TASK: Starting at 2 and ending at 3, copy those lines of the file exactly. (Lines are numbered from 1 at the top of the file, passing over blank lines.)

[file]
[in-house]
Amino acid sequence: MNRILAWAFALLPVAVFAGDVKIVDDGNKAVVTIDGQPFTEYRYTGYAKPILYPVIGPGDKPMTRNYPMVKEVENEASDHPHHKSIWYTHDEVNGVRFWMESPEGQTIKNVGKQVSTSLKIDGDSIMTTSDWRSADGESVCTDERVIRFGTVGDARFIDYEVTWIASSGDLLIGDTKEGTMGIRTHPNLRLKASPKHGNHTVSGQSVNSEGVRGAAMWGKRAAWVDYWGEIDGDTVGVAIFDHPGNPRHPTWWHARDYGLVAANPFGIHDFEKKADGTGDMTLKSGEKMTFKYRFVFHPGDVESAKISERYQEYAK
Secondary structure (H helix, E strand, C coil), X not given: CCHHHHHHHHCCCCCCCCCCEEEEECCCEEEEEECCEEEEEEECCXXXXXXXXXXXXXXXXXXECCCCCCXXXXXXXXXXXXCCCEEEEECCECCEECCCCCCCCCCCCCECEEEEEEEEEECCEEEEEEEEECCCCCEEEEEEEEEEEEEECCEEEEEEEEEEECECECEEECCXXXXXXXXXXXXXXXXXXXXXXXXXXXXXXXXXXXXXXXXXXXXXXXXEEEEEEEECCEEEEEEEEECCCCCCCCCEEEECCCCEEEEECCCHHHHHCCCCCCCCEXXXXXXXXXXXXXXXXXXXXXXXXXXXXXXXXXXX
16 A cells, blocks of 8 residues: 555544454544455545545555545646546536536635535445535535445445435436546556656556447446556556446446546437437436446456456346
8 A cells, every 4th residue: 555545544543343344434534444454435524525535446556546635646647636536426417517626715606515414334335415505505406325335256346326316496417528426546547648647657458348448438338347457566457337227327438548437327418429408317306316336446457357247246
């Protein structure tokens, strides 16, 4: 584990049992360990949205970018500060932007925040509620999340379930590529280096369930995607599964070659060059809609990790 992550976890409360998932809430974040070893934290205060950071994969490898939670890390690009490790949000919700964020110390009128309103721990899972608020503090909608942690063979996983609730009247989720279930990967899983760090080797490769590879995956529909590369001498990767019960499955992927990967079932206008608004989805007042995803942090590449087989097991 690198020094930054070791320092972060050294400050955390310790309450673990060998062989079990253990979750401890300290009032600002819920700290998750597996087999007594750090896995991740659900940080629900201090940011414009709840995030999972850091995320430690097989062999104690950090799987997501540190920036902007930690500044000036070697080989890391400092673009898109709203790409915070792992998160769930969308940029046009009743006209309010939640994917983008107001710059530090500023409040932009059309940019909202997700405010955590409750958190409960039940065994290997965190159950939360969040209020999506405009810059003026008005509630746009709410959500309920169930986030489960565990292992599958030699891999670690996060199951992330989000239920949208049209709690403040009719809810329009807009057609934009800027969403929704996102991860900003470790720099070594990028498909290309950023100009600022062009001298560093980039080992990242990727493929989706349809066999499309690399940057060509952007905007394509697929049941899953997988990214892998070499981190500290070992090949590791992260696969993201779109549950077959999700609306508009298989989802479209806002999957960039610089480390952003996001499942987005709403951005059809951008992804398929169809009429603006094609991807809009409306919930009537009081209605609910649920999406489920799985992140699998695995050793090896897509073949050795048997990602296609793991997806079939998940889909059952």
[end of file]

Amino acid sequence: MNRILAWAFALLPVAVFAGDVKIVDDGNKAVVTIDGQPFTEYRYTGYAKPILYPVIGPGDKPMTRNYPMVKEVENEASDHPHHKSIWYTHDEVNGVRFWMESPEGQTIKNVGKQVSTSLKIDGDSIMTTSDWRSADGESVCTDERVIRFGTVGDARFIDYEVTWIASSGDLLIGDTKEGTMGIRTHPNLRLKASPKHGNHTVSGQSVNSEGVRGAAMWGKRAAWVDYWGEIDGDTVGVAIFDHPGNPRHPTWWHARDYGLVAANPFGIHDFEKKADGTGDMTLKSGEKMTFKYRFVFHPGDVESAKISERYQEYAK
Secondary structure (H helix, E strand, C coil), X not given: CCHHHHHHHHCCCCCCCCCCEEEEECCCEEEEEECCEEEEEEECCXXXXXXXXXXXXXXXXXXECCCCCCXXXXXXXXXXXXCCCEEEEECCECCEECCCCCCCCCCCCCECEEEEEEEEEECCEEEEEEEEECCCCCEEEEEEEEEEEEEECCEEEEEEEEEEECECECEEECCXXXXXXXXXXXXXXXXXXXXXXXXXXXXXXXXXXXXXXXXXXXXXXXXEEEEEEEECCEEEEEEEEECCCCCCCCCEEEECCCCEEEEECCCHHHHHCCCCCCCCEXXXXXXXXXXXXXXXXXXXXXXXXXXXXXXXXXXX